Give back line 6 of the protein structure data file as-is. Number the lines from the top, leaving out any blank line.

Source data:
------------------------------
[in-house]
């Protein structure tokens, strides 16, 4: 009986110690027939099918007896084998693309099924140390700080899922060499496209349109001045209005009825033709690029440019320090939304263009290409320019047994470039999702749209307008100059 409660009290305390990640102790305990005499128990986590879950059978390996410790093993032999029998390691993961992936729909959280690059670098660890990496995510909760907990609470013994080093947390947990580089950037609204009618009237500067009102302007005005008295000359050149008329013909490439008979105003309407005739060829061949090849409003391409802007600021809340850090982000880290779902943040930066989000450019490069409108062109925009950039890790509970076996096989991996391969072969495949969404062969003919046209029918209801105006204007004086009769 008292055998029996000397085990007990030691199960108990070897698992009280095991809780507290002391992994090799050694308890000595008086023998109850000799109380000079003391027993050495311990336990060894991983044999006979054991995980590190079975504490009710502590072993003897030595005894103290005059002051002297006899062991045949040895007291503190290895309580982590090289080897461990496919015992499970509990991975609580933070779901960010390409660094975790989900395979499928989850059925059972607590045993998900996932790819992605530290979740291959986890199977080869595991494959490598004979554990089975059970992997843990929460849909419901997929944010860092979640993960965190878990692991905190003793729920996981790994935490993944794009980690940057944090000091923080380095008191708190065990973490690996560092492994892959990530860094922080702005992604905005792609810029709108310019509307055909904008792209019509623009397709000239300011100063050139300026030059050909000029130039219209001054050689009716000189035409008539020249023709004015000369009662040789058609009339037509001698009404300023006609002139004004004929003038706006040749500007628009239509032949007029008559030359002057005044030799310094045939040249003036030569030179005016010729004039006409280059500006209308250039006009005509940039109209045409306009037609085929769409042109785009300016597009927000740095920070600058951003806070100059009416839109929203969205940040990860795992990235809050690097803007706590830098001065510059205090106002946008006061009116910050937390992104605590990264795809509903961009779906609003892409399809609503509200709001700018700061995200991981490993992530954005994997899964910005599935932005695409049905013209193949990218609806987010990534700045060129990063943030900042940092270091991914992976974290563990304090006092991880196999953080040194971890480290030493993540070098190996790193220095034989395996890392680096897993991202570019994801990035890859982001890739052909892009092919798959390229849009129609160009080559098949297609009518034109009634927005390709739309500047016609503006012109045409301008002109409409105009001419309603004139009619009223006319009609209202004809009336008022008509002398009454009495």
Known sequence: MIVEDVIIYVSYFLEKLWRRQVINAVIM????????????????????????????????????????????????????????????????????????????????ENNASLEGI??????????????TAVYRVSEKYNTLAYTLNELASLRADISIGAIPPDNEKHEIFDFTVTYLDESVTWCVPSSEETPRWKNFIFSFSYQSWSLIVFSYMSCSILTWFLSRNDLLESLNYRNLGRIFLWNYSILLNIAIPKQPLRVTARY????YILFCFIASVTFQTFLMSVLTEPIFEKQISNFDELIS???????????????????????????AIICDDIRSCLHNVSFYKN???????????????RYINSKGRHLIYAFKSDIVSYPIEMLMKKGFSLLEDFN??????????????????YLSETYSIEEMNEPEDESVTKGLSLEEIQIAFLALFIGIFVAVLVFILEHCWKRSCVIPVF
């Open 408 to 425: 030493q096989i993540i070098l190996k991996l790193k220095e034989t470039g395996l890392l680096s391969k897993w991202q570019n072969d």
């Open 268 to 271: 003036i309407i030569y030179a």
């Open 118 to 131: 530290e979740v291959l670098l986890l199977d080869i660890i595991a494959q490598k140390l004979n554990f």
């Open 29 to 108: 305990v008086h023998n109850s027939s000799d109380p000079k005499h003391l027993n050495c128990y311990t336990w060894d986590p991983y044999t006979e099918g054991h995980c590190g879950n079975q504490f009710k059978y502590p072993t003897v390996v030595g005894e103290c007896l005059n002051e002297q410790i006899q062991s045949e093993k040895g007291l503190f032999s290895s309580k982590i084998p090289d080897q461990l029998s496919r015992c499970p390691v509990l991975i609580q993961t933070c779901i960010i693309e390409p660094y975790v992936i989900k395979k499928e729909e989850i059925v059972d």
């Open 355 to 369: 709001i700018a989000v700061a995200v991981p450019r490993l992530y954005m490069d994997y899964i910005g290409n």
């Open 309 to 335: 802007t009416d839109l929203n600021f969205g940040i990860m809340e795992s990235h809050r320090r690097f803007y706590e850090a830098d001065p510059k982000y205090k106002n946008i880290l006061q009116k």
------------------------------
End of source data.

């Open 118 to 131: 530290e979740v291959l670098l986890l199977d080869i660890i595991a494959q490598k140390l004979n554990f």